Letter reaches across the centuries to relate a tale of touching romance

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Letter reaches across the centuries to relate a tale of touching romance

A letter more than four centuries old has touched the hearts of Koreans and inspired works of both art and commerce. The letter was found inside a coffin in North Gyeongsang province in April 1998, while it was being moved to another burial site. The letter, which starts “To Won’s Father,” was addressed to Lee Ung-tae (1556 - 1586) and placed inside his coffin in Jeongsang-dong, Andong city, North Gyeongsang province.
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The letter touched many people with its moving words of a woman’s love for her recently-deceased husband. Although she wrote that she had tried all remedies, including weaving sandals with her hair and hemp bark, her husband died at only 30 years of age. One excerpt reads, “You always said that you wanted to live with me until we were old and grey and then die together. How can you pass away without me? I can not live without you in my life.”
With the letter, a total of 130 artifacts including blankets, shoes and clothing were found. All are now at the Andong National University museum.
Almost 450 years later, 500 people got to experience this love story at the Posco building art hall in Hyoja-dong, Pohang city, on the evening of Sept. 23, when it was told through dance and narration. The performance, titled “Seeing the Light after 450 Years,” was a contemporary dance performance choreographed and organized by Jung Sook-hee, 47, a professor in the dance department at Andong National University.
In 2000, a Korean literature professor at the same university, Kim Jang-dong, wrote a novel of the same name (published by Taehaksa publishing company) based on the letter found in 1998. Ms. Jung took inspiration from that novel and decided to relate the story as a contemporary dance piece.
Another novel based on the letter, titled “A Trumpet Creeper” (“Neungsohwa” in Korean) was published last month by Yeidam publishing company and has been gaining popularity. The plot features a woman named Yeoni who meets Mr. Lee on a beautiful day, when trumpet creepers are in full bloom. Mr. Lee dies from a disease at the end of the novel.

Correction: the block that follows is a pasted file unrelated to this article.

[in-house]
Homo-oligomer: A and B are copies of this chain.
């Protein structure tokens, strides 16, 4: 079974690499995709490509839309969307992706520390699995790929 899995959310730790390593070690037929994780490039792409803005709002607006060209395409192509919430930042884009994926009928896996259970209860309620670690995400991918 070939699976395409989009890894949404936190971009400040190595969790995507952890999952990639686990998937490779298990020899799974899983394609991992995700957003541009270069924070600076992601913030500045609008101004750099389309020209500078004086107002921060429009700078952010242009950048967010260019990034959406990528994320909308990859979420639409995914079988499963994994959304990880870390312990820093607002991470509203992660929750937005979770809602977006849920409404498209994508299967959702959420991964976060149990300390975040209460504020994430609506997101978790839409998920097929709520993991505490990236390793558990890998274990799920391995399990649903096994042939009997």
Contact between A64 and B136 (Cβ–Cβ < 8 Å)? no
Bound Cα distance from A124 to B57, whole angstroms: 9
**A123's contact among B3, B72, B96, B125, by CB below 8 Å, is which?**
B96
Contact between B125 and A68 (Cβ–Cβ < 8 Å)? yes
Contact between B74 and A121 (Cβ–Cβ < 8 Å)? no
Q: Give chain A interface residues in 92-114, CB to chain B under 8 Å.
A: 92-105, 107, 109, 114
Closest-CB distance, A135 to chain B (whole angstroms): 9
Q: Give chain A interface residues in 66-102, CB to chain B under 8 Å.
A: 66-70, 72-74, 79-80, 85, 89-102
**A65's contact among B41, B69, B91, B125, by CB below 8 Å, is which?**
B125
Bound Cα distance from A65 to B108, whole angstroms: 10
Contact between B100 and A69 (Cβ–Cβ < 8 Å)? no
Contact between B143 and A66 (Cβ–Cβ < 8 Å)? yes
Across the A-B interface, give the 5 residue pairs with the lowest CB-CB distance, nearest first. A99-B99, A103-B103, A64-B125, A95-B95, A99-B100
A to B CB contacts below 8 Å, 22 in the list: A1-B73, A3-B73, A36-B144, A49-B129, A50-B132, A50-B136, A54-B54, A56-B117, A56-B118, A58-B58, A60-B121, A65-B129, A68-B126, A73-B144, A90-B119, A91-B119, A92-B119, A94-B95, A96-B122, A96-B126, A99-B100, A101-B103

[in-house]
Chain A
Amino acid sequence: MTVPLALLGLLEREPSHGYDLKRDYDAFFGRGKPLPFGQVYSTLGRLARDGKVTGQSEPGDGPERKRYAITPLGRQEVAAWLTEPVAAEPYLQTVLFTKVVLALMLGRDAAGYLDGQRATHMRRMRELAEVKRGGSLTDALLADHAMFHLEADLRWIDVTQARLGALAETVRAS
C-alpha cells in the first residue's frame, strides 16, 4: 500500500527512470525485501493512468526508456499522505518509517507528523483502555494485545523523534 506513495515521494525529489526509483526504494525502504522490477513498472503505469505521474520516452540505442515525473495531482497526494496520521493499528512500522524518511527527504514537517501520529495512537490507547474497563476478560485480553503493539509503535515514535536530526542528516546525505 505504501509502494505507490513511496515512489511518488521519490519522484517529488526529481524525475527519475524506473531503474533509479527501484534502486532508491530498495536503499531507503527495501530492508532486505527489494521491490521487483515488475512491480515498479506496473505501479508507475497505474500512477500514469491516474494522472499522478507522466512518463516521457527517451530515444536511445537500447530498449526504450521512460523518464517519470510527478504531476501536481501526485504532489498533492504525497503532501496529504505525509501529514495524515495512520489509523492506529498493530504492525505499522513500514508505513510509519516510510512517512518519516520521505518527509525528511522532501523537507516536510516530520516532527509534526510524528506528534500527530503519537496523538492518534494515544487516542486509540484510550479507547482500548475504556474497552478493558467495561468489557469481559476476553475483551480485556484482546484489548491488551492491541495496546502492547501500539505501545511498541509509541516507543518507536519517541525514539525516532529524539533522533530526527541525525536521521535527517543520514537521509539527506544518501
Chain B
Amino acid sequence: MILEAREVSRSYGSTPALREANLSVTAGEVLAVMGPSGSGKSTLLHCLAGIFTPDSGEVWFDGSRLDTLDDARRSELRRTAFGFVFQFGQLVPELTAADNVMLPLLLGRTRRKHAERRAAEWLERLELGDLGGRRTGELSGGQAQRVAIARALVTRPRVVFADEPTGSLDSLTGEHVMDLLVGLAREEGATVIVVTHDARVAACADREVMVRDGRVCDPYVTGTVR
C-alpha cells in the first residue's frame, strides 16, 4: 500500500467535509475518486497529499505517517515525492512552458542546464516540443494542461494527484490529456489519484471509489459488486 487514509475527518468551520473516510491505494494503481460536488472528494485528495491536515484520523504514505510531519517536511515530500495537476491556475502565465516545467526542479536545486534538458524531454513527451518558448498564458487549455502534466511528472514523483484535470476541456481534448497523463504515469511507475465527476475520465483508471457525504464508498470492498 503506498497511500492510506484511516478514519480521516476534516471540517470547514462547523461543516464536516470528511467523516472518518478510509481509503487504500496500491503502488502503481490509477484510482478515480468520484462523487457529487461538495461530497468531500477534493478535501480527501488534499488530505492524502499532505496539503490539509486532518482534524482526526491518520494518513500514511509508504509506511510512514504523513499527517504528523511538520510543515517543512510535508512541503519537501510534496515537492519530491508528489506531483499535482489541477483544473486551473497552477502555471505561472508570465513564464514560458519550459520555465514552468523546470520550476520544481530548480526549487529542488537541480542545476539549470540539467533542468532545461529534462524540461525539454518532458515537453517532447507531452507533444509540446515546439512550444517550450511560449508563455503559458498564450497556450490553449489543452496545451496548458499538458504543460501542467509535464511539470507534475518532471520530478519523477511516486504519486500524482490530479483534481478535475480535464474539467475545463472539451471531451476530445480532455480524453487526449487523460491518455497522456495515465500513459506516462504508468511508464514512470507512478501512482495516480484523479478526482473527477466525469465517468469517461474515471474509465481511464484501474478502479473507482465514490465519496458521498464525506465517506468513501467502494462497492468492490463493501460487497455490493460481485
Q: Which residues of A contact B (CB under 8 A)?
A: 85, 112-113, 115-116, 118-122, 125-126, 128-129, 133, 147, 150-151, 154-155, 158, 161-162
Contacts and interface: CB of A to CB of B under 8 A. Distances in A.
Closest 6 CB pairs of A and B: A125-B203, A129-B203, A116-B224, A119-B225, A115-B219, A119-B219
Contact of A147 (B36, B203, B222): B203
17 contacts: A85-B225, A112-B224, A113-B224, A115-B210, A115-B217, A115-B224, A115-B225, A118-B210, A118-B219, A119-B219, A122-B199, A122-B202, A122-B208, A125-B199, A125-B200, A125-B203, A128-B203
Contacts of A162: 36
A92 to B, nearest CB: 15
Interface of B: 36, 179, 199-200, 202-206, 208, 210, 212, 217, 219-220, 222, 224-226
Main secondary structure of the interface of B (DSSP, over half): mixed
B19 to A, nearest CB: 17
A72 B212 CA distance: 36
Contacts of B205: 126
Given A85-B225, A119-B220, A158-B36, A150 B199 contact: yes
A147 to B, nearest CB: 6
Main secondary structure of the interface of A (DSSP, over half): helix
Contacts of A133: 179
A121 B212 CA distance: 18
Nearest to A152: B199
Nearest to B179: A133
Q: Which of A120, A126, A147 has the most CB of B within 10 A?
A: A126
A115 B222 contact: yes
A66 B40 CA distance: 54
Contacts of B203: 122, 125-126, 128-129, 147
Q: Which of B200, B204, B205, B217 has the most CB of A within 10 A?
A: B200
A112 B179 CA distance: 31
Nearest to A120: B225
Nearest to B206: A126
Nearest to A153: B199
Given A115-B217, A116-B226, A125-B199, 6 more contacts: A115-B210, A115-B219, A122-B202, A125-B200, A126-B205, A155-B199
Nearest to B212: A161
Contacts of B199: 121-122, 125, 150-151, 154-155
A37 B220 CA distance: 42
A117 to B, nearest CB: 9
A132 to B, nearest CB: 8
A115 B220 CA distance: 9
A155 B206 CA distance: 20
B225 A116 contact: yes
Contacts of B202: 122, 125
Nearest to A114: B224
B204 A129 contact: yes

“I wanted to tell this tragic love story to a modern-day audience,” said author Cho Doo-jin, 39.
Park Chang-geun, 53, a music professor at Andong National University has plans to make “A Trumpet Creeper” into an opera and have it on stage by next autumn.
Last November, a musical composition titled “To Won’s Father” was released.
The letter is also being used as a marketing tool for many companies. Andong Hanjee, a company which makes traditional Korean paper, has been selling copies of the letter printed on traditional Korean paper for 1,000 won ($1) since 2000. The company announced that they have sold around 20,000 copies so far.
Andong Sky, a company which sells mackerel, has also been giving copies of the letter to customers who buy their products online.
“The artifacts, such as the original letter and clothing from the 16th century, are important items for future research on the Korean language and hanbok [Korean traditional clothing],” said Cho Gyu-bok, 45, a researcher at Andong National University museum. “We are looking at plans to have the artifacts designated as national cultural assets,” he added.


by Hong Gweon-sam
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